Dream sleeves: How a 40-year-old idea could save the music industry

Digital downloads and free streaming have changed the music industry for ever. Now record labels have hatched a plan to revive the album format with 1960s-influenced, art-laden packaging. John Walsh thinks the idea rocks

Change of address: Direct marketing has the chance to slash its contribution to the UK’s waste mountain

At first glance, it may look as though the direct mail industry and the environmental lobby are at opposite ends of the green spectrum. After all, of the estimated 4.3 billion pieces of direct mail that are sent or hand-delivered to mainland UK addresses each year, well over half end up in landfill sites. But change is afoot.

Minor British Institutions: Paynes Poppets

In a changing world the gratifying thing about Paynes Poppets is, obviously, that they are still with us, but also that their cardboard box packaging remains uniquely inaccessible.

Focus on Forsythe, Sadler's Wells, London

Tracing the steps of life and death

Observations: Artworks that unlock the heart of Bronson's darkness

Ever on the lookout for a new enfant terrible, the art world's current darling would seem to be Charles Bronson, aka Britain's most dangerous prisoner. Next Friday sees the release of the film Bronson, with a beefed-up, bewhiskered Tom Hardy in the lead. The same day an exhibition of the artwork Bronson has produced over 34 years in jail will open at the Amuti bookshop and gallery in the West End of London.

The Word On: Amazon's Kindle 2

"Amazon's introduction of the Kindle 2 had all the makings of a product launch by consumer electronics wunderkind Apple. [But] As much as some might try to draw parallels between Amazon's approach to books and Apple's take on music... the latest generation of Amazon's sleek, white little electronic book reader is no iPod for the book world... The company is... reluctant to push too aggressively — most noticeably, by pricing the Kindle 2 at $359, the same price as its predecessor... Amazon is in something of a catch-22. Lowering Kindle's price too much might threaten Amazon's print book business."

Start of something: Snowdrops signal the first stirrings of spring

The first snowdrops were flowering in our garden by the end of December. Given the long (and fabulous) sequence of freezing days and nights we had over Christmas and the New Year, this was surprising. They are planted in ivy along the northern boundary, which faces south and slopes to the west. Over them hang stooled stems of hazel, the catkins already almost full length. The snowdrops were one of the few things I brought here from our old garden, where I had introduced them into a wooded, shaded bit of ground.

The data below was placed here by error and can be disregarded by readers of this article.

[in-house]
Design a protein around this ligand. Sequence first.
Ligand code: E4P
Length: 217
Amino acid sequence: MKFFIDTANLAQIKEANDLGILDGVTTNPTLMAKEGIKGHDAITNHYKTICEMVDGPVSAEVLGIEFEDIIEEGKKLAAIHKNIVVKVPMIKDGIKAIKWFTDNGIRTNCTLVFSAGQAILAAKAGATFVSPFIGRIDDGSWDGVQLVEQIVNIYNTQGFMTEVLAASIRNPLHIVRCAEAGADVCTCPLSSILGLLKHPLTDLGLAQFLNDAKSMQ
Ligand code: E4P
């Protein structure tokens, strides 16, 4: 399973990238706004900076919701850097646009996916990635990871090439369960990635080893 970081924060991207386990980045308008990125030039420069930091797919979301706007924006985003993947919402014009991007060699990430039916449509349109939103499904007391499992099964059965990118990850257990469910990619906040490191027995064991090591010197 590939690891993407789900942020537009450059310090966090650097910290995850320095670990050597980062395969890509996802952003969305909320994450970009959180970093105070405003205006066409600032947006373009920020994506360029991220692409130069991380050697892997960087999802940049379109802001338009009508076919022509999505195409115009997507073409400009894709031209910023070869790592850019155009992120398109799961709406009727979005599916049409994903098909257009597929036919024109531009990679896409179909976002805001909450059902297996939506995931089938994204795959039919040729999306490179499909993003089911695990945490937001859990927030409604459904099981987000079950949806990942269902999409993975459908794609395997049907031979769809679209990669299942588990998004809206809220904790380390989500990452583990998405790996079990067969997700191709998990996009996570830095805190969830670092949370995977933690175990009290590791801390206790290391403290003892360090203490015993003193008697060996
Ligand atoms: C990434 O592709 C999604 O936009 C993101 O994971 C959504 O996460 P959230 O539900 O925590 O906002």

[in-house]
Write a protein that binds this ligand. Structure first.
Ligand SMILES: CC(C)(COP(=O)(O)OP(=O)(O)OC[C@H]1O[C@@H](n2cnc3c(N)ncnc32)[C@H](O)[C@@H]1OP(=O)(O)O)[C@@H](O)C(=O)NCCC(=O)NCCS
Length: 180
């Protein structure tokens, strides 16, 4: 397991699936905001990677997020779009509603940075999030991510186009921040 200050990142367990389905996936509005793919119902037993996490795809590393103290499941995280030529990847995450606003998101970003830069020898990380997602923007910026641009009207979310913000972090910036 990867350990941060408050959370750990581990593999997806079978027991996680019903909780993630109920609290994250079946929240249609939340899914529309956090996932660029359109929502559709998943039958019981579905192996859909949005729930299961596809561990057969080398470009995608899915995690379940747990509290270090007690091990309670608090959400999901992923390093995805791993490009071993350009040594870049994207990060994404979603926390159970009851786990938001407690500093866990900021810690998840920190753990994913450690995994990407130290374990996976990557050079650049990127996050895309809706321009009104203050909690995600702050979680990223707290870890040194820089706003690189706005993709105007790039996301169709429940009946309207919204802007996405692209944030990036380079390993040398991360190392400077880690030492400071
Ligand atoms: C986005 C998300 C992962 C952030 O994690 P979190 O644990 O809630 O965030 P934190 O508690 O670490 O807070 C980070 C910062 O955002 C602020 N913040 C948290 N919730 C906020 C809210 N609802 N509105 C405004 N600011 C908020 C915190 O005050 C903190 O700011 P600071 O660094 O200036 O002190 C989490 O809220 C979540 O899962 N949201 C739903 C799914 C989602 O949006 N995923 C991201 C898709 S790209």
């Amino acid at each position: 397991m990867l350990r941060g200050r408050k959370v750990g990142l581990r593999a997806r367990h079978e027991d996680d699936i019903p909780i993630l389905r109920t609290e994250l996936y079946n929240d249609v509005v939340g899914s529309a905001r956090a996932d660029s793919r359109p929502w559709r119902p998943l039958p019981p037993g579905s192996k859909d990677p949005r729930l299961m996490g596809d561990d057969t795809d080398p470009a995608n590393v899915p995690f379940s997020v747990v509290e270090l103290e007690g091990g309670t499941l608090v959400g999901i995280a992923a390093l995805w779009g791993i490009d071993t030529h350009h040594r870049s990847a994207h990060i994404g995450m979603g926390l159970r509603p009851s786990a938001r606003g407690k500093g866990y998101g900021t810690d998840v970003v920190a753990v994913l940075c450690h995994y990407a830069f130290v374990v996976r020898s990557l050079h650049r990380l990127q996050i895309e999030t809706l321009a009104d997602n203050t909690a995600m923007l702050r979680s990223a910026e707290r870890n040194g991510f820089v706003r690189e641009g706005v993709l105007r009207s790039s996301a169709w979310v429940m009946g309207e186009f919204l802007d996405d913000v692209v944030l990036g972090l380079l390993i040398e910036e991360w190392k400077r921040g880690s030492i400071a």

Used condoms found in beer packaging

A supermarket apologised to a customer today after used condoms were found in the packaging of four beer cans.

Sarah Sands: The true message of Dave's Christmas card

The Boden winter catalogue is a reminder of life's verities. It is always funny to wrap bright, knitted scarves round snowmen and old school ties round dogs. Young mothers should always have long, glossy, straight hair, scrubbed faces and coltish figures. Holidays do not require sunshine. Boden people paddle hilariously in Boden boots through rivers and run across beaches in woolly hats. Children scramble on to the bonnets of Land Rovers. If I buy Boden please, please can I be Samantha Cameron?

Playing poverty: The book in middle-class make-believe

As the economy nosedives, handbooks on cheap and simple pleasures thrive. Susan Jeffreys reads the new literature of atonement

Shedding light on credit crunch depression

Don’t be down in the dumps about the credit crunch. Sir Terence Conran helps Annie Deakin dodge the winter blues with improved lighting. It’s a bright idea.

Can you dig it? The easy alternative to clearing an overgrown allotment

I am a black-plastic convert. It's been a slow process. When I first took over my allotment last autumn I had very different ideas: walking around for the first time with Jane, my new allotment chief, I was proudly shown how she had covered her entire plot in black polypropylene sheeting. "You can buy it from the garden centre up on the A40," she enthused.

Paperbacks: The Gum Thief, by Douglas Coupland